The time of change is upon us.
The initial signal was a tickle upon the spine after hearing “record-breaking weekend” and “Spider-Man” uttered in the same breath. The secondary indicator was the news of Free Comic Book Day and its resounding success in certain segments of the comic retailing community. These two events, coupled with the recent flood of mainstream media attention confirmed something often cast into doubt in regards to the comic industry…the people can see us behind the stained glass.
Our tiny segment of modern pop culture has successfully bent the ear of the masses, and hopefully they’re finding good stuff to listen to. The wave of optimism may evaporate by the end of the present week, and the countless moviegoers that checked out Spider-Man and visited their local franchise on FCBD may never be seen again, but the industries’ creators, retailers, and fans would be foolish not to enjoy the success of the past weekend.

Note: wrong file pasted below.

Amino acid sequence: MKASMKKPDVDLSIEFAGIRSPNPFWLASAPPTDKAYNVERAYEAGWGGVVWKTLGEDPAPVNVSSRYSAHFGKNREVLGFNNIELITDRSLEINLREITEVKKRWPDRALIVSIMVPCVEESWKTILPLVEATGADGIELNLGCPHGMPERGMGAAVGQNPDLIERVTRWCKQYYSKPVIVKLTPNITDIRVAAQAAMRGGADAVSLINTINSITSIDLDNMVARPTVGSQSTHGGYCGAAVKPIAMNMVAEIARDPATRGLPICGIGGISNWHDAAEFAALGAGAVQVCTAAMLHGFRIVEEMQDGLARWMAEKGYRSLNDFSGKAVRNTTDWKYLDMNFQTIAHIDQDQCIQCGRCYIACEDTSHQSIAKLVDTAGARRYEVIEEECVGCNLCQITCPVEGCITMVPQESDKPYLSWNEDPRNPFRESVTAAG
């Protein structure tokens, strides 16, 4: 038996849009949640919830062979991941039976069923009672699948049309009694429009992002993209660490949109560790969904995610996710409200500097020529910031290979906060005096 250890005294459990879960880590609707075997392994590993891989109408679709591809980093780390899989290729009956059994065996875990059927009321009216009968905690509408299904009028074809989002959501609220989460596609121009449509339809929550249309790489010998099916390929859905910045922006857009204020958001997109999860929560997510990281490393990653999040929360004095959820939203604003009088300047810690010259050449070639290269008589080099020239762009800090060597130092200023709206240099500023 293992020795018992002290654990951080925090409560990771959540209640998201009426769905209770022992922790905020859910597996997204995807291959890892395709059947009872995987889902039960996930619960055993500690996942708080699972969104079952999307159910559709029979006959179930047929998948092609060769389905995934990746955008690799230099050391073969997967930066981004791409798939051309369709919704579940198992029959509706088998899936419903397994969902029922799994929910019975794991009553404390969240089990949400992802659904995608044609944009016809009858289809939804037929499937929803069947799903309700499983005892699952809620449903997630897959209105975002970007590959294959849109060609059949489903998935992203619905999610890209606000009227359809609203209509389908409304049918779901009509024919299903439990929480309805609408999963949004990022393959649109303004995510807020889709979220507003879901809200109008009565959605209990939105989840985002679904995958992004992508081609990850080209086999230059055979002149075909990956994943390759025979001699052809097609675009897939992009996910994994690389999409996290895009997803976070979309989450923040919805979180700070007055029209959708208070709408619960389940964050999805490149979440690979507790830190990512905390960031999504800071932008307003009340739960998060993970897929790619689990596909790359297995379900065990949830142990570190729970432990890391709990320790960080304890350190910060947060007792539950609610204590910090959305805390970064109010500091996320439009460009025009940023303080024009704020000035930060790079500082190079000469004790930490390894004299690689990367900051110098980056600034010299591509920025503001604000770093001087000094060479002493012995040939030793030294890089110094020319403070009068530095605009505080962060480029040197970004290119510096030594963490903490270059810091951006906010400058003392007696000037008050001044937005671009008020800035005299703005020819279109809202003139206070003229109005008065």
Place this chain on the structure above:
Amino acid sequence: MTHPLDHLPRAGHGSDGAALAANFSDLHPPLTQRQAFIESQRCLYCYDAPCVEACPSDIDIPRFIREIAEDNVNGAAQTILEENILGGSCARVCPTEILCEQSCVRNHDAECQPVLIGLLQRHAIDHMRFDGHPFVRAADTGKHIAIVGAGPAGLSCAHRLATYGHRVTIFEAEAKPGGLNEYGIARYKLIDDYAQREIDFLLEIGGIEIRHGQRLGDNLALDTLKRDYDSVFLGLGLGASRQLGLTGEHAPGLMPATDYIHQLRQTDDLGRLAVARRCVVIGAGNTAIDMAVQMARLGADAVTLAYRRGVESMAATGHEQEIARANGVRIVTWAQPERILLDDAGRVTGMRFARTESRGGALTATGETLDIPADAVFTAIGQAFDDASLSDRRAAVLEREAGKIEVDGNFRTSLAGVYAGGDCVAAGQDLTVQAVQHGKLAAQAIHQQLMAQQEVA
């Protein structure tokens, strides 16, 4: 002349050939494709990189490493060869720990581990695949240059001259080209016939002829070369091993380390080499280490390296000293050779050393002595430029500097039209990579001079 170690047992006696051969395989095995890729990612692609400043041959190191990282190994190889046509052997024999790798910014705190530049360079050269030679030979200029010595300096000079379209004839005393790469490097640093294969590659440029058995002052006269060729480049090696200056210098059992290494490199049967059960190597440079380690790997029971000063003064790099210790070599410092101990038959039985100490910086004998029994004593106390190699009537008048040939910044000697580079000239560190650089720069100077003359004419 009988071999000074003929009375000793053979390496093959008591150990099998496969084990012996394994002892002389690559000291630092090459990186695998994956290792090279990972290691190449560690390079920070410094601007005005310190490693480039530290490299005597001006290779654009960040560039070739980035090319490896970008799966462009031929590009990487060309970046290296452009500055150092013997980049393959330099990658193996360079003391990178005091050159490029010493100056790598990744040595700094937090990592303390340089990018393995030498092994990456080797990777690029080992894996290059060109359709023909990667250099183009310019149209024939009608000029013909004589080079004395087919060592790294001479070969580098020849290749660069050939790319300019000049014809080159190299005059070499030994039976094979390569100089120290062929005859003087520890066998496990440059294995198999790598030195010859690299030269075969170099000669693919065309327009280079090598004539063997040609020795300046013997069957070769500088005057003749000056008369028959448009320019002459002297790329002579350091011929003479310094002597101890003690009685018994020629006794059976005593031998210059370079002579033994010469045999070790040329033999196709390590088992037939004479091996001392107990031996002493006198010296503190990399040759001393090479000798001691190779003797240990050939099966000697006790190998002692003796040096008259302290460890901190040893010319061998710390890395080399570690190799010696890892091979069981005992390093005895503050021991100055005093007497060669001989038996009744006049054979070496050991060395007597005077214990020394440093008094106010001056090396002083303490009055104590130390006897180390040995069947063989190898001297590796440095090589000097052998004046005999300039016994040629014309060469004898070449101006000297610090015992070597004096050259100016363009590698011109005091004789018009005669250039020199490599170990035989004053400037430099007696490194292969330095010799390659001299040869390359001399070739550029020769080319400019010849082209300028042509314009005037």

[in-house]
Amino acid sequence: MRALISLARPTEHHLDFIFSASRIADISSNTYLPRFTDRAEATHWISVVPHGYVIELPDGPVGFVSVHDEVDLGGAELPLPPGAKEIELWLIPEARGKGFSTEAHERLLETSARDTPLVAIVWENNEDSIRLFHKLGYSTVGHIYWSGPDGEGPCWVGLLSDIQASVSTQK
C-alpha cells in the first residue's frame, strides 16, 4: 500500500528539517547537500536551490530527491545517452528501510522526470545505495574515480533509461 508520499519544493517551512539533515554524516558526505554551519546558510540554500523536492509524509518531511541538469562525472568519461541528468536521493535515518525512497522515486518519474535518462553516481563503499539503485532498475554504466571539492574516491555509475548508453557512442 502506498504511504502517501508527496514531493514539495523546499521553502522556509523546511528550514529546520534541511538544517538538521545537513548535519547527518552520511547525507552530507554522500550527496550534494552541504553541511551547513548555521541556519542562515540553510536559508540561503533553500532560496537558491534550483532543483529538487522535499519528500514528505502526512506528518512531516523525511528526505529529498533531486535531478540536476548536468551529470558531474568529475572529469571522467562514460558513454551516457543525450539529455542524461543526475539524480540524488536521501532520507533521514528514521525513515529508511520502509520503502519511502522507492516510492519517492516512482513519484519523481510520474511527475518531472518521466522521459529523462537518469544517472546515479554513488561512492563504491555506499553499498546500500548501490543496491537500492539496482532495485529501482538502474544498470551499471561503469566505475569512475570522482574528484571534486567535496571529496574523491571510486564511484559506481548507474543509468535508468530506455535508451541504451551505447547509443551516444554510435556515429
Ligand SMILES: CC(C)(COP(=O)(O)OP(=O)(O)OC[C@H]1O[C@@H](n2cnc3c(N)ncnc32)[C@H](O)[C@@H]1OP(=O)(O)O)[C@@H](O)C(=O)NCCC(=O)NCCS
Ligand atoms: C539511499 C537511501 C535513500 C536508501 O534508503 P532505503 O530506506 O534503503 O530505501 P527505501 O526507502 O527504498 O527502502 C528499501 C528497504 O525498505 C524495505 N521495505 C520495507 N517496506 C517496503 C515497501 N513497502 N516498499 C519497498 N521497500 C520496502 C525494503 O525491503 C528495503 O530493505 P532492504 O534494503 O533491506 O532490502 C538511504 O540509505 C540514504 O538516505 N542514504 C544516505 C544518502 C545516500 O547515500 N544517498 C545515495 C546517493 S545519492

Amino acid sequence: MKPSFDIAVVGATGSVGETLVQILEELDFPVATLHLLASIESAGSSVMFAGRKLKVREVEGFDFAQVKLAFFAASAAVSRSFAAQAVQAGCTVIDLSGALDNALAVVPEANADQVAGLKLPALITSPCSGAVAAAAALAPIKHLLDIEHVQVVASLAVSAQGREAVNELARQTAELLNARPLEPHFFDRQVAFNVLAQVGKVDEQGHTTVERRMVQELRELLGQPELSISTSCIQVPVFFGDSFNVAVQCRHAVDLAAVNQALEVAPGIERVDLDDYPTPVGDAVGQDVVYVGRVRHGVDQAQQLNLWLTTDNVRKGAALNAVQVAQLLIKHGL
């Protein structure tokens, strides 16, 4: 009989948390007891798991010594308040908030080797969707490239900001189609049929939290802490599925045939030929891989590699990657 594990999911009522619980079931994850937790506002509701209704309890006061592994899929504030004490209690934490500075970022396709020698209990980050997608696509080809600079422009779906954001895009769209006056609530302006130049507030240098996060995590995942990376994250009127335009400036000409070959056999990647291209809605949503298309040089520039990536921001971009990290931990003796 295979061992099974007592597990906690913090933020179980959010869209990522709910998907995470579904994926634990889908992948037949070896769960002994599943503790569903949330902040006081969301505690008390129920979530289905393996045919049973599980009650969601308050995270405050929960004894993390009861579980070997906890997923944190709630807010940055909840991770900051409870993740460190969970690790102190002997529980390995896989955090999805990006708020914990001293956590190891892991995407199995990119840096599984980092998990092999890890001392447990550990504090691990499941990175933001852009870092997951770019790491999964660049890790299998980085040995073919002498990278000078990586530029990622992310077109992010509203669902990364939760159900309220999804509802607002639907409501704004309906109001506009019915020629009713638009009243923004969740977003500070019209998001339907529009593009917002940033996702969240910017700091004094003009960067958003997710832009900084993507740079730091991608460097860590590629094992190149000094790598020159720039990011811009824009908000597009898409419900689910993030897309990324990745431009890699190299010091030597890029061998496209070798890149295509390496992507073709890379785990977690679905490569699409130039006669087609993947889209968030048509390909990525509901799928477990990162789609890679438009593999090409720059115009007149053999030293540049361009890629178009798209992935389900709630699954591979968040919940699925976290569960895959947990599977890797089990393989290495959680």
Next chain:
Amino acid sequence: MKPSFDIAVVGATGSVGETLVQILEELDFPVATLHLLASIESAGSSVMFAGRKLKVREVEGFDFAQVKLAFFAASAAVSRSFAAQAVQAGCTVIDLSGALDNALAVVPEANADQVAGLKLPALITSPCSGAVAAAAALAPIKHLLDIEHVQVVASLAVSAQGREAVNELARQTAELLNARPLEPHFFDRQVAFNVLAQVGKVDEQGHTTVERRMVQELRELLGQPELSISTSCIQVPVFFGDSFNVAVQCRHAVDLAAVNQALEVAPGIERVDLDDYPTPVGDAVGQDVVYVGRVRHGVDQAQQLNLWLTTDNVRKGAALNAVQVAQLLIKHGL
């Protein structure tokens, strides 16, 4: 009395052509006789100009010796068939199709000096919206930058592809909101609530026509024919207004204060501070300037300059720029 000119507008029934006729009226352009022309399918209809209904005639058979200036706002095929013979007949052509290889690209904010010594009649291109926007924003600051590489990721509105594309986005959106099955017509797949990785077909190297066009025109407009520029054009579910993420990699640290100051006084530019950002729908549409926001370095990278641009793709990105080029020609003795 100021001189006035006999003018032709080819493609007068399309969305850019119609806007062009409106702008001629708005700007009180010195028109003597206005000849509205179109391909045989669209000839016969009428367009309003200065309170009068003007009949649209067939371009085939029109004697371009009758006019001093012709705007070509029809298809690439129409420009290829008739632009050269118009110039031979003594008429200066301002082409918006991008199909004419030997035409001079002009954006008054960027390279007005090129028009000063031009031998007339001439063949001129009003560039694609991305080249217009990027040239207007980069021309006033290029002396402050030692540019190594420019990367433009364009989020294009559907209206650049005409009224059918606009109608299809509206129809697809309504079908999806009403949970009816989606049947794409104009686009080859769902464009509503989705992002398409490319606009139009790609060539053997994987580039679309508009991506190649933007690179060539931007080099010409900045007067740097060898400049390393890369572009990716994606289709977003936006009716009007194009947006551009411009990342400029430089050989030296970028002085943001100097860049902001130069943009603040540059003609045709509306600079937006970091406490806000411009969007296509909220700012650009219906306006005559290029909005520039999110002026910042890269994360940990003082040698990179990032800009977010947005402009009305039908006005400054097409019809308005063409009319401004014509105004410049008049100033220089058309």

However…there are a few things we must attend to when the buzz wears off, steps necessary to ensure that the recently enlightened become the devoted following without tripping over the detritus that we are sometimes capable of emitting. But first things first…about this great movie…
Go see Spider-Man. The movie lives up to the hype, operates effectively on several levels, and bottom line…is well worth the ticket price. Ignore the naysayers that are shitting themselves over the minor (and I mean minor) alterations Sam Raimi was forced to perform in order to keep the running time somewhere beneath four hours, and enjoy a good laugh at people who have nothing better to do than to identify inconsistencies in continuity, and post them on websites, genuinely excited at their final tally. (Life get one ) Anyway…the movie is the shit.